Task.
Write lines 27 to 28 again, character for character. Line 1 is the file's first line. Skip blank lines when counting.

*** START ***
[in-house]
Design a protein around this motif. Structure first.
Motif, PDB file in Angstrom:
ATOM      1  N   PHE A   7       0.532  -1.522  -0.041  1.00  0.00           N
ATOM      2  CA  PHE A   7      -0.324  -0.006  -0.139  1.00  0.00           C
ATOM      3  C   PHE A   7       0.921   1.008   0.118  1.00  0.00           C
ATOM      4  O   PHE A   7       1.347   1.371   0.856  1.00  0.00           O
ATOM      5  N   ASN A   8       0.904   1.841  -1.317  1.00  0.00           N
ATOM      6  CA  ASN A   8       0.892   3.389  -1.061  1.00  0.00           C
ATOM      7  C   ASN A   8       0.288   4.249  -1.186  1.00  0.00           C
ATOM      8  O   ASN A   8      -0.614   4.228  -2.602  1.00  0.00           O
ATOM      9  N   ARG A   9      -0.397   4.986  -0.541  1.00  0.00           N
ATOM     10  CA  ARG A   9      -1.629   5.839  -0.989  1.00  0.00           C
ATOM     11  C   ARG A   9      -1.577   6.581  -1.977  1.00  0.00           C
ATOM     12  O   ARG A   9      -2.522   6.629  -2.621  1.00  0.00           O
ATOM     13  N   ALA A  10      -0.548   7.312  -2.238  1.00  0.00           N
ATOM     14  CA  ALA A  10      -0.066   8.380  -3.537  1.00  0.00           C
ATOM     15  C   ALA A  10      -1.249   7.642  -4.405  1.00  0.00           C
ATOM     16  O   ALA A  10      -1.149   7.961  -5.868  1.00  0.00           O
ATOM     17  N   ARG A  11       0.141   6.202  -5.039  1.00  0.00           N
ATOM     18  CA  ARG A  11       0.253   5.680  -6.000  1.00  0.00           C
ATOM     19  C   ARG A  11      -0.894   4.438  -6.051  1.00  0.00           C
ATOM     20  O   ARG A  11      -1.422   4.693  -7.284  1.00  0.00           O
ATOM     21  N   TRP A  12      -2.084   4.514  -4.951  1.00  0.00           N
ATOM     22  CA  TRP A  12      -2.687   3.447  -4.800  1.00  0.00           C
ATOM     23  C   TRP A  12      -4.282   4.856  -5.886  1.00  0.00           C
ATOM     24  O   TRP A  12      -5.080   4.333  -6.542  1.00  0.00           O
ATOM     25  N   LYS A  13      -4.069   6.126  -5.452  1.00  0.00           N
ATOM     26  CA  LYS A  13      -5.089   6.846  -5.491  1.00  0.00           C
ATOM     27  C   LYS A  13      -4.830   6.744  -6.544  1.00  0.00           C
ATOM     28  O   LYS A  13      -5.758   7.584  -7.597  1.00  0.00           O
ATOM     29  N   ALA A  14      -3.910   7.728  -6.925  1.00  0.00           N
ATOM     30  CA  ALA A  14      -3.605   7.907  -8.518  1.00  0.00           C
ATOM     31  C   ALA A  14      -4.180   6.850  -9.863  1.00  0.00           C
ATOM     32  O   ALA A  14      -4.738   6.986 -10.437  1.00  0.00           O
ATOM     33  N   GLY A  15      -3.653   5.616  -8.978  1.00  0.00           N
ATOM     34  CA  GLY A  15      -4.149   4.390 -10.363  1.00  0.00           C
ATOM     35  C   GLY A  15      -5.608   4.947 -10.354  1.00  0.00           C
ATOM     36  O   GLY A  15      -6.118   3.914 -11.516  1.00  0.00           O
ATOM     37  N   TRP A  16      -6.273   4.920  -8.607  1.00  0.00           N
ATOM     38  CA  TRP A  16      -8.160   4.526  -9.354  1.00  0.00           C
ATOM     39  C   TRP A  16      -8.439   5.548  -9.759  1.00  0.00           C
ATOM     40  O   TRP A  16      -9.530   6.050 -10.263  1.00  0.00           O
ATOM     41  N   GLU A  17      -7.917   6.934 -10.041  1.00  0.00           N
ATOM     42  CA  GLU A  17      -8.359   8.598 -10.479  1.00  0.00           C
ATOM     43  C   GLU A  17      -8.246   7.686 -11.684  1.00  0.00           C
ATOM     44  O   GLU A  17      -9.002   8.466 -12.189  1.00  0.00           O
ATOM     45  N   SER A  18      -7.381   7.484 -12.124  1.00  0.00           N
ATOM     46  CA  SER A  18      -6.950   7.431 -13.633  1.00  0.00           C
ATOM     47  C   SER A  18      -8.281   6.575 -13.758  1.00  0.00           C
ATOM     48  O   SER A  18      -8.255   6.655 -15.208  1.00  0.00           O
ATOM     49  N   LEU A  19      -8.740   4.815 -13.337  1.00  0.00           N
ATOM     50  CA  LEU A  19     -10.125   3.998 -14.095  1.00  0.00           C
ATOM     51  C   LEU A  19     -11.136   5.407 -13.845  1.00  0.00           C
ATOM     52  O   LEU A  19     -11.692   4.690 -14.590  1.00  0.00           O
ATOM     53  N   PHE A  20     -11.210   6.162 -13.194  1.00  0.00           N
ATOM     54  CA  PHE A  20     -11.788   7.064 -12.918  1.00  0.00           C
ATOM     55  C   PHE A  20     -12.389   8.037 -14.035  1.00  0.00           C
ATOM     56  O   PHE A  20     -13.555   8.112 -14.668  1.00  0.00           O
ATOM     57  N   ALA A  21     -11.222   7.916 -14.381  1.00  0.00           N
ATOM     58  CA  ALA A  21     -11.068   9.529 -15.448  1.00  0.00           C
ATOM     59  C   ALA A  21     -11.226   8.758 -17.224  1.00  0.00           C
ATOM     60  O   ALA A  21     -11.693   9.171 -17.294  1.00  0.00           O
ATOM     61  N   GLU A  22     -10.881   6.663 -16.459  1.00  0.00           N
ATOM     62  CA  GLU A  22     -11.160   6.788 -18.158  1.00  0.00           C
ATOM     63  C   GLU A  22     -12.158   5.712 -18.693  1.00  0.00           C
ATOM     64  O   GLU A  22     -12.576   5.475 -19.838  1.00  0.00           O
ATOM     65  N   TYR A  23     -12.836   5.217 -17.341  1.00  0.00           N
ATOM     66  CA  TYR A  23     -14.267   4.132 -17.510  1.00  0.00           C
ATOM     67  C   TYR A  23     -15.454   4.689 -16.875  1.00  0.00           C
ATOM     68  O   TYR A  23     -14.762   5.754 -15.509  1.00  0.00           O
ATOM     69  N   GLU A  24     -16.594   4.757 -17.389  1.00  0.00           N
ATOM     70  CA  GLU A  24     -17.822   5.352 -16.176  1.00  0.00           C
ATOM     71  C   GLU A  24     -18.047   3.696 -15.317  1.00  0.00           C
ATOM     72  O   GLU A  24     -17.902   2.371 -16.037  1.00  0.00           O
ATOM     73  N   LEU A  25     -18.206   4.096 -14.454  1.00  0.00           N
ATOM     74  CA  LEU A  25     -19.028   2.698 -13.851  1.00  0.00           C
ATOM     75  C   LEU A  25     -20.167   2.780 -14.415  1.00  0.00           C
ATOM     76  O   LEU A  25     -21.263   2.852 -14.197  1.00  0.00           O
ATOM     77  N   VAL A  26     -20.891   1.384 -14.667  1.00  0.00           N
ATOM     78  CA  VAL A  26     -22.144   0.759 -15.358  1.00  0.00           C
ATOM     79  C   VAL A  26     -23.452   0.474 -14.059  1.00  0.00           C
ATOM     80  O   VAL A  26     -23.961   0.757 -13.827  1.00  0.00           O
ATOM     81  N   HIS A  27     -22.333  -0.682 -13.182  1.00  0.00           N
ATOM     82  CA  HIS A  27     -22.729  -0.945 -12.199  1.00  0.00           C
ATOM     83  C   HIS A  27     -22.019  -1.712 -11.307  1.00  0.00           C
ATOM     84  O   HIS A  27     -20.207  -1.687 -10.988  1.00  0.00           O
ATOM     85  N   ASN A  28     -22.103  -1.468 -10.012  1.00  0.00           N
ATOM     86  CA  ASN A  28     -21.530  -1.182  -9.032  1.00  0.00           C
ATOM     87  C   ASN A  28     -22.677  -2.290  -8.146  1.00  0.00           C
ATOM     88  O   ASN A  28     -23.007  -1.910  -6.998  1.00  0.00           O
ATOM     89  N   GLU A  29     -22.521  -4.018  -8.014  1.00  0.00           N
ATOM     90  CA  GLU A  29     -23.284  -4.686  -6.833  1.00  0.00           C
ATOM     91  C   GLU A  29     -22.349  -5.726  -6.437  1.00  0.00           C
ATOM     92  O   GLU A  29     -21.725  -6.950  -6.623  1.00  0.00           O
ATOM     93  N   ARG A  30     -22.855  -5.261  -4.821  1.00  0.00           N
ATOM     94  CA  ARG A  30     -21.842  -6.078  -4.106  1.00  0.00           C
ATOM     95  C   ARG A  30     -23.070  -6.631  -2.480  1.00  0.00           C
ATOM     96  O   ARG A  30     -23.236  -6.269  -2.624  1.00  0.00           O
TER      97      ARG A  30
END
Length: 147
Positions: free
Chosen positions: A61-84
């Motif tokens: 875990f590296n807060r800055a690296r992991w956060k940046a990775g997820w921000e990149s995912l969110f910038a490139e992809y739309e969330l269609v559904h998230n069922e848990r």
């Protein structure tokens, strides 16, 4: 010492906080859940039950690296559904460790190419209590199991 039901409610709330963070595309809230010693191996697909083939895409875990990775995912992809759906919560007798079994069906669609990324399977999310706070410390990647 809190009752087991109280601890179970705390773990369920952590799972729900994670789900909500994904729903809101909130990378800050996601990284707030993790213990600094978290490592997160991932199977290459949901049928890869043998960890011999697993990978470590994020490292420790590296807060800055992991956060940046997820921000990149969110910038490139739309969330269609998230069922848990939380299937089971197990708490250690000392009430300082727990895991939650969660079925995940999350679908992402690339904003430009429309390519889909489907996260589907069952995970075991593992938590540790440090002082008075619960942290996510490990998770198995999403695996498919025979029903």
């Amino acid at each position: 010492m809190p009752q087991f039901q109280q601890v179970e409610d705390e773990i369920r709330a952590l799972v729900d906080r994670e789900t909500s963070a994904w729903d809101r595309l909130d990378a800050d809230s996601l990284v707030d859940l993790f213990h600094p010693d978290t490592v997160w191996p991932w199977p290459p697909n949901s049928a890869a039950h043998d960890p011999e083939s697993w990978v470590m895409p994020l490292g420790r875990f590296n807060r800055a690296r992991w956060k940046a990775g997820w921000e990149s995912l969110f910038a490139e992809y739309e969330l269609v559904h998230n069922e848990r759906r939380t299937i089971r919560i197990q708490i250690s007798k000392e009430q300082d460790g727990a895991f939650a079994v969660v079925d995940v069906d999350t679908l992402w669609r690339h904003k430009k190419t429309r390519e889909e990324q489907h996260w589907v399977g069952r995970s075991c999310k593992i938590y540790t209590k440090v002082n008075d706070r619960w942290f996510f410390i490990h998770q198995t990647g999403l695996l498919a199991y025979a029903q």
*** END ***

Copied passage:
ATOM     24  O   TRP A  12      -5.080   4.333  -6.542  1.00  0.00           O
ATOM     25  N   LYS A  13      -4.069   6.126  -5.452  1.00  0.00           N